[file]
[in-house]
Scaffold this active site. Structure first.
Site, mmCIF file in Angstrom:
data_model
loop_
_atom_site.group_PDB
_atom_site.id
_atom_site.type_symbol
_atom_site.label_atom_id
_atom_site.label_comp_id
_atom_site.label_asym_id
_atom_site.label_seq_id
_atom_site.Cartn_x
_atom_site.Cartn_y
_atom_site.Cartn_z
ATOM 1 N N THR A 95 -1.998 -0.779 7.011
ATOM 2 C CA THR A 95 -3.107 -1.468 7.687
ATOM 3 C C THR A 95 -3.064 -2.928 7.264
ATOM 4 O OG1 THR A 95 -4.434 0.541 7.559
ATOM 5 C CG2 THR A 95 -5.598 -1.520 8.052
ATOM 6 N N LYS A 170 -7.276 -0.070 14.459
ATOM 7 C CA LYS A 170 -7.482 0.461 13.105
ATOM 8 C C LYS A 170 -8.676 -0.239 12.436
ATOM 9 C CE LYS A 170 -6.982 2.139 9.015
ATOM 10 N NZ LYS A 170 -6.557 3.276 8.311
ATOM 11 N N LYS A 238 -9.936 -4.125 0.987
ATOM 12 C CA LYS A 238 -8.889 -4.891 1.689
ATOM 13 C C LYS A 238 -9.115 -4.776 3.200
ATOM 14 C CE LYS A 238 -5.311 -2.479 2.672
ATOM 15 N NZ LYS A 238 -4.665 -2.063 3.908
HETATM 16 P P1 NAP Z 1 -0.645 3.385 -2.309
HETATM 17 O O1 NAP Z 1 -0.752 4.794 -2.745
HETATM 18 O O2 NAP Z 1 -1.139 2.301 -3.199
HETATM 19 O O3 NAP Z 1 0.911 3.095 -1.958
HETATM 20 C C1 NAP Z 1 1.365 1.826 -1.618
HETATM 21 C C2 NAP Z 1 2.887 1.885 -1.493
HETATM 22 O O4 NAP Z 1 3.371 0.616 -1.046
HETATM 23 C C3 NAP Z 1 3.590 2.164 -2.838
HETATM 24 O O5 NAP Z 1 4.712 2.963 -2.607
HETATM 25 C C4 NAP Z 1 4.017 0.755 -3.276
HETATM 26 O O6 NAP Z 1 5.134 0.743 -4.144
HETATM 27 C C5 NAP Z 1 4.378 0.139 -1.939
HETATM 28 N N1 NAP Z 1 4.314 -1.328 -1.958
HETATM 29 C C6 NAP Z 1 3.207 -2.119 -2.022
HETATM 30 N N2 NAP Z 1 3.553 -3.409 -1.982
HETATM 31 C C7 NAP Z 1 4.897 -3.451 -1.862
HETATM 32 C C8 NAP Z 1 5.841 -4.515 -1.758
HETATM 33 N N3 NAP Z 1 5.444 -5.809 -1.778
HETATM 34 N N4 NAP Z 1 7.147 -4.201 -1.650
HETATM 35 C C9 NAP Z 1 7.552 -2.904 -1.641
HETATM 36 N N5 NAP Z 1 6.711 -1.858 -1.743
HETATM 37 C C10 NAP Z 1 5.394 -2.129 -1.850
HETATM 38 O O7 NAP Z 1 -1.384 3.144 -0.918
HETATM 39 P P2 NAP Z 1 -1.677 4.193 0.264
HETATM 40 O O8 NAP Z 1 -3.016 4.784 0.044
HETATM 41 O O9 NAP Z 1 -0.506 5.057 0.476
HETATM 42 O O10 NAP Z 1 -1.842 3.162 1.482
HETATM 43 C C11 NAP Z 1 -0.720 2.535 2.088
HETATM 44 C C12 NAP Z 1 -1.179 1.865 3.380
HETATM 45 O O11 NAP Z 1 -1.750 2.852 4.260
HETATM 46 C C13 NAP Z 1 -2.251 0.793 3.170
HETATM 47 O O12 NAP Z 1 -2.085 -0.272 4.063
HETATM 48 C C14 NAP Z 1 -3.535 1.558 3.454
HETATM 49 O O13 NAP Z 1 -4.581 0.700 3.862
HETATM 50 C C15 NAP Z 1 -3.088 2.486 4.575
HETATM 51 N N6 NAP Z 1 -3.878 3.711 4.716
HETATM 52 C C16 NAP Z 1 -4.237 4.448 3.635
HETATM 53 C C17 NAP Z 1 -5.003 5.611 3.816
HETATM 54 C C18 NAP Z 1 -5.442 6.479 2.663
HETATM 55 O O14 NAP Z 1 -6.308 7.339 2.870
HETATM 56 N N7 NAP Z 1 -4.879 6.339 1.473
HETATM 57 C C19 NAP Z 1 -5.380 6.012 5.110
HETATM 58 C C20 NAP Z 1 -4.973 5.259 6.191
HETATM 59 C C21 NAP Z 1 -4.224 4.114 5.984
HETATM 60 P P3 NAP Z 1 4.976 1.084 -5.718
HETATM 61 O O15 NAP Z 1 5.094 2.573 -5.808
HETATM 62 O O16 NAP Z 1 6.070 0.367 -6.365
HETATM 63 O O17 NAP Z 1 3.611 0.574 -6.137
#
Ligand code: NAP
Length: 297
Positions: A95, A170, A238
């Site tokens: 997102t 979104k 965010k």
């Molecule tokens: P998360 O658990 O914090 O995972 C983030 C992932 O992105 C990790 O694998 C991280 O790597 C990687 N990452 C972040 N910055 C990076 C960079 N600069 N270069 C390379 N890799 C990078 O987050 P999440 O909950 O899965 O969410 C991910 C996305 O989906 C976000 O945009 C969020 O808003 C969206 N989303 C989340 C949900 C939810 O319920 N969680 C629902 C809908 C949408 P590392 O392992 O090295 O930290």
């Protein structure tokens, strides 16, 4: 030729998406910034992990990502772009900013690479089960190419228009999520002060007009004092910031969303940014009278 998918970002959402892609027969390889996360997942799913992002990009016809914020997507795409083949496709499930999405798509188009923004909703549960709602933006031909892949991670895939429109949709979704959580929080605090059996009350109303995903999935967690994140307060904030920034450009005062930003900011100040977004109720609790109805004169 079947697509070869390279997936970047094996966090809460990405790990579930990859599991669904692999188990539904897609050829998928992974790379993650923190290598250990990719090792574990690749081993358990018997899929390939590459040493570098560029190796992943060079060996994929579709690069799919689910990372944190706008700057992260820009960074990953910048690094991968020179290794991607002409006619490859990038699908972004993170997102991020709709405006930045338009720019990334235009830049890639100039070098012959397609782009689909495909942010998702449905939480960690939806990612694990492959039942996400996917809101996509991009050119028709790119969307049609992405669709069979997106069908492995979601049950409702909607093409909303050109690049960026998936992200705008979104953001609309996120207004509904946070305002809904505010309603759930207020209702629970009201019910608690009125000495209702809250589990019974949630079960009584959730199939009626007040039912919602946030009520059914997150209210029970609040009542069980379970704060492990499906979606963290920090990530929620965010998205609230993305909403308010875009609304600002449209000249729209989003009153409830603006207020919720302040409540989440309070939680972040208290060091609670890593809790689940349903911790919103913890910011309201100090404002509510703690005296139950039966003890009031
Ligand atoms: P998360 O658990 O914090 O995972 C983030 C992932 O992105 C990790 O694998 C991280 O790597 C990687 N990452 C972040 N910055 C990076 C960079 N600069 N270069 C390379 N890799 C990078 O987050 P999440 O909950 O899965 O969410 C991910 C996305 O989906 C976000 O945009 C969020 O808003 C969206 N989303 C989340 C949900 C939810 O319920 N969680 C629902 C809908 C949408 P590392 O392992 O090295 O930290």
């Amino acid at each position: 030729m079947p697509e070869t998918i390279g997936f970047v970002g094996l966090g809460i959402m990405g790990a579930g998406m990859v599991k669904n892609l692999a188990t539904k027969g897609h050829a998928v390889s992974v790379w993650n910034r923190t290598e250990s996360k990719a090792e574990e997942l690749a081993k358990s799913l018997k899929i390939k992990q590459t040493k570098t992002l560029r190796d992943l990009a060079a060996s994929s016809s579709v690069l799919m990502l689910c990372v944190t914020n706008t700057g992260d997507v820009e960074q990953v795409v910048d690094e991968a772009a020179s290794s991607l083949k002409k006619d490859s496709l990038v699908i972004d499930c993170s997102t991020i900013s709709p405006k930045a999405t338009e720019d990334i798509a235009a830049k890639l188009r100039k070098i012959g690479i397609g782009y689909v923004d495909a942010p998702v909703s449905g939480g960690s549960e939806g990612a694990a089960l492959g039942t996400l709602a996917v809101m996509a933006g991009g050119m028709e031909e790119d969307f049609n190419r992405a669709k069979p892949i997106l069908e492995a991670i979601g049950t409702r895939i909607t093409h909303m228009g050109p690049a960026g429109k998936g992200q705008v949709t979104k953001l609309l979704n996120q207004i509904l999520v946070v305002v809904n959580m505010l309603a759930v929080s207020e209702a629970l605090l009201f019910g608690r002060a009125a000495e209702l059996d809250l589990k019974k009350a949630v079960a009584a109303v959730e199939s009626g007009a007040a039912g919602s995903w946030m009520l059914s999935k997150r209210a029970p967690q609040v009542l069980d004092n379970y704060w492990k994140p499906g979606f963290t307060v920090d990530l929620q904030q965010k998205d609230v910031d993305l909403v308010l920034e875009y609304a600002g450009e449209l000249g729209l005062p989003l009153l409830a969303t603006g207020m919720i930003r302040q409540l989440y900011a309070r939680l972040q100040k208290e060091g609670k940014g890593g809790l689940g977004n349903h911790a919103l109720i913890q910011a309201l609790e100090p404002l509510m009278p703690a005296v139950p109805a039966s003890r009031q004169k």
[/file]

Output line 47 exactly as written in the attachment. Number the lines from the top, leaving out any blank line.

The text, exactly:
HETATM 32 C C8 NAP Z 1 5.841 -4.515 -1.758